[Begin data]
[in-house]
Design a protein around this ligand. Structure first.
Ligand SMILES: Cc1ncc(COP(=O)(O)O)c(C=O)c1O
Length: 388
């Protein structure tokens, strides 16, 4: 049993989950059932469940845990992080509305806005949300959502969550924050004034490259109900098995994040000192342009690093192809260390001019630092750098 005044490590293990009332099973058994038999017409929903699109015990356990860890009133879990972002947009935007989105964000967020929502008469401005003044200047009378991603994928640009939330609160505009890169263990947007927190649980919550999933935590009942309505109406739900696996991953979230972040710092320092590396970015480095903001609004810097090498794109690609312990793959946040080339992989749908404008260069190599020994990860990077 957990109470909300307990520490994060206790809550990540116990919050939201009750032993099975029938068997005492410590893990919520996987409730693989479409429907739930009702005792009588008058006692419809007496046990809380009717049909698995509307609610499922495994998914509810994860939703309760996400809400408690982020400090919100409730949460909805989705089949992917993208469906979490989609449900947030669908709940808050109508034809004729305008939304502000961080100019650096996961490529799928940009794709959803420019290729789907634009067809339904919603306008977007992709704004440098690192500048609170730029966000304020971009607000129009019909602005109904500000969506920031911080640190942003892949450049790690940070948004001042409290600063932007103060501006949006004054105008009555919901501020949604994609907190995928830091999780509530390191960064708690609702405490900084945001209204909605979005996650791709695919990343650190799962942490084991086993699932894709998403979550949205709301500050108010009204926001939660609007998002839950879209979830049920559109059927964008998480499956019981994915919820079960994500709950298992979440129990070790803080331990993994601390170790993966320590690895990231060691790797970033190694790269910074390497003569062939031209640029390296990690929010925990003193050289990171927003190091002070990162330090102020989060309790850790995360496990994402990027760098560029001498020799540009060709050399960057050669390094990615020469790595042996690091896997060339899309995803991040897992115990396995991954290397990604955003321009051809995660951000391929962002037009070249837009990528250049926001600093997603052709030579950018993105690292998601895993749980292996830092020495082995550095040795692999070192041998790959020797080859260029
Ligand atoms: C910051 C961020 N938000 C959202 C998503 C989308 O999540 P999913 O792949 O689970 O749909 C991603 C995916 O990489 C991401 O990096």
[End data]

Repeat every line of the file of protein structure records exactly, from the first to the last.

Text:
[in-house]
Design a protein around this ligand. Structure first.
Ligand SMILES: Cc1ncc(COP(=O)(O)O)c(C=O)c1O
Length: 388
């Protein structure tokens, strides 16, 4: 049993989950059932469940845990992080509305806005949300959502969550924050004034490259109900098995994040000192342009690093192809260390001019630092750098 005044490590293990009332099973058994038999017409929903699109015990356990860890009133879990972002947009935007989105964000967020929502008469401005003044200047009378991603994928640009939330609160505009890169263990947007927190649980919550999933935590009942309505109406739900696996991953979230972040710092320092590396970015480095903001609004810097090498794109690609312990793959946040080339992989749908404008260069190599020994990860990077 957990109470909300307990520490994060206790809550990540116990919050939201009750032993099975029938068997005492410590893990919520996987409730693989479409429907739930009702005792009588008058006692419809007496046990809380009717049909698995509307609610499922495994998914509810994860939703309760996400809400408690982020400090919100409730949460909805989705089949992917993208469906979490989609449900947030669908709940808050109508034809004729305008939304502000961080100019650096996961490529799928940009794709959803420019290729789907634009067809339904919603306008977007992709704004440098690192500048609170730029966000304020971009607000129009019909602005109904500000969506920031911080640190942003892949450049790690940070948004001042409290600063932007103060501006949006004054105008009555919901501020949604994609907190995928830091999780509530390191960064708690609702405490900084945001209204909605979005996650791709695919990343650190799962942490084991086993699932894709998403979550949205709301500050108010009204926001939660609007998002839950879209979830049920559109059927964008998480499956019981994915919820079960994500709950298992979440129990070790803080331990993994601390170790993966320590690895990231060691790797970033190694790269910074390497003569062939031209640029390296990690929010925990003193050289990171927003190091002070990162330090102020989060309790850790995360496990994402990027760098560029001498020799540009060709050399960057050669390094990615020469790595042996690091896997060339899309995803991040897992115990396995991954290397990604955003321009051809995660951000391929962002037009070249837009990528250049926001600093997603052709030579950018993105690292998601895993749980292996830092020495082995550095040795692999070192041998790959020797080859260029
Ligand atoms: C910051 C961020 N938000 C959202 C998503 C989308 O999540 P999913 O792949 O689970 O749909 C991603 C995916 O990489 C991401 O990096």